The community event took place in Zetland Park on the south east corner of the site of the medieval monastic grange which gives the town its name.
Heritage engagement officer Geoff Bailey, who organised the seven-day dig said it had been a “great success” and had attracted many participants.
“The dig was intended to get the community involved in heritage and it did that. We also had one woman from Australia who had a conference in Glasgow and stayed on so that she could join the dig.”
Geoff added that the dig attracted a great deal of curiosity from dog walkers, school children, parents, tourists, cyclists and walkers.
He added: “We also had visits from Carrongrange School and Donaldson’s School in Linlithgow.
“Archaeologically the dig was also of interest. We got seven of the multi-sided thrupenny bits from the topsoil as well as a silver one from 1896 – Queen Victoria. The children of the town must have gone to the gala days full of expectation!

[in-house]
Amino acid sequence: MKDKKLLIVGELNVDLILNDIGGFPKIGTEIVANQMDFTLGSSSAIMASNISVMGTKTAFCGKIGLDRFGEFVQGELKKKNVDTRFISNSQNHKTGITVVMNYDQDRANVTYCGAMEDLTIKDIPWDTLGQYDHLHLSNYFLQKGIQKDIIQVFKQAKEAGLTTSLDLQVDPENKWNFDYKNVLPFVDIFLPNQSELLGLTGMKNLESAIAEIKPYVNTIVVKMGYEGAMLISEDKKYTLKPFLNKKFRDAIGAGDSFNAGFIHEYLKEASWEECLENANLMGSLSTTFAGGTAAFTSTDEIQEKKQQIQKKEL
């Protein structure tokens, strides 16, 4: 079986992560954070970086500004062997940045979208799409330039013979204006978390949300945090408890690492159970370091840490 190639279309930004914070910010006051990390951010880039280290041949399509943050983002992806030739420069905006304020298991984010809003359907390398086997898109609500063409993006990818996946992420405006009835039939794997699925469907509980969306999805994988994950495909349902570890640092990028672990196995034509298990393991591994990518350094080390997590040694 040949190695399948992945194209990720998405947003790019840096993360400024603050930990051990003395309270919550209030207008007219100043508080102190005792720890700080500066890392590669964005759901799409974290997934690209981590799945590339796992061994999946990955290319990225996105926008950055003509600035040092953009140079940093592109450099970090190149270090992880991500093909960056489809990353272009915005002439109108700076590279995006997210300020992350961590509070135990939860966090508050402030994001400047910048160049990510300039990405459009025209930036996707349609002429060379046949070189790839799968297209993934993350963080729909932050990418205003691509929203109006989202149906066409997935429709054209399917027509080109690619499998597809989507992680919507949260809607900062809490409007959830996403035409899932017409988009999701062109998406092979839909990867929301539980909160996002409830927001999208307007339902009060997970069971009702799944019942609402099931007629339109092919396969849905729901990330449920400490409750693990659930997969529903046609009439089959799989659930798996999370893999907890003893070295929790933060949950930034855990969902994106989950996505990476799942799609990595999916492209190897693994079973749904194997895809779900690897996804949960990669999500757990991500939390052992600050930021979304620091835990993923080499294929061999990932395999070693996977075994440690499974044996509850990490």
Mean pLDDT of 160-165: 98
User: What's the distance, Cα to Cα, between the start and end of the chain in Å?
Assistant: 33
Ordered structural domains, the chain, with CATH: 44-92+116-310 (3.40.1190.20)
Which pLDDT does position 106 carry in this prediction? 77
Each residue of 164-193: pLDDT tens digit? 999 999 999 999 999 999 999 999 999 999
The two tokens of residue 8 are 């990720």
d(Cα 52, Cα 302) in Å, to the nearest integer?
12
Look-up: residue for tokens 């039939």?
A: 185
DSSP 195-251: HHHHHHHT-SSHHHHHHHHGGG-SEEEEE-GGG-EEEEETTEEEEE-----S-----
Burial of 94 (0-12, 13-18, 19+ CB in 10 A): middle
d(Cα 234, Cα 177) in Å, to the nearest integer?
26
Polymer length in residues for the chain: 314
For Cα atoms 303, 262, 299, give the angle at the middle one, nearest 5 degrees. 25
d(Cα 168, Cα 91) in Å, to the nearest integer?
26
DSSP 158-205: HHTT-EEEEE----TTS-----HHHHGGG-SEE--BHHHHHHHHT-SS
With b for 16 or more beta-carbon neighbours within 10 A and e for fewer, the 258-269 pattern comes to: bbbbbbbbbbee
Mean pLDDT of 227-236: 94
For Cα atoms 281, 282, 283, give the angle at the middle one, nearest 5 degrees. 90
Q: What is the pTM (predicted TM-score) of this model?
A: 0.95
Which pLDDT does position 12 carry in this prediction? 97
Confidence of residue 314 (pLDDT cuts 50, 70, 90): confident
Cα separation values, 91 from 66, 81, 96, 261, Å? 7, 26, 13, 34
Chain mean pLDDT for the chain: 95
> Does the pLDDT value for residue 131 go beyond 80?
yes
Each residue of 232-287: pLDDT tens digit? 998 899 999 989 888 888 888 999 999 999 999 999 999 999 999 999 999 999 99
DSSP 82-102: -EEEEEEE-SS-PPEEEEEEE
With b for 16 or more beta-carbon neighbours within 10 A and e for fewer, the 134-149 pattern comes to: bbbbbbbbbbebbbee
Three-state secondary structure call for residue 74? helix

“A section was put through the enclosure bank of the medieval grange. Previous work had suggested that the bank was 14th century, but we found 16th century pottery below it. “However, we also found earlier features at the entrance indicating a more substantial gateway through a perimeter fence in the original arrangement. This was associated with food debris such as mussels, oysters and animal bones.
“Beside it there was a good cobbled road – but we think that it was a late replacement for the earlier roads and may only date to the 18th century.
“Inside the south-east corner of the enclosure we found an artificially raised clay platform of the 17th century – a coin and a lead button helping to date it. This was probably created to house a timber building.
“Now the turf is back in place in the park and in a few months’ time you’d hardly know we had been there, apart from some pottery, a few memories and a report.”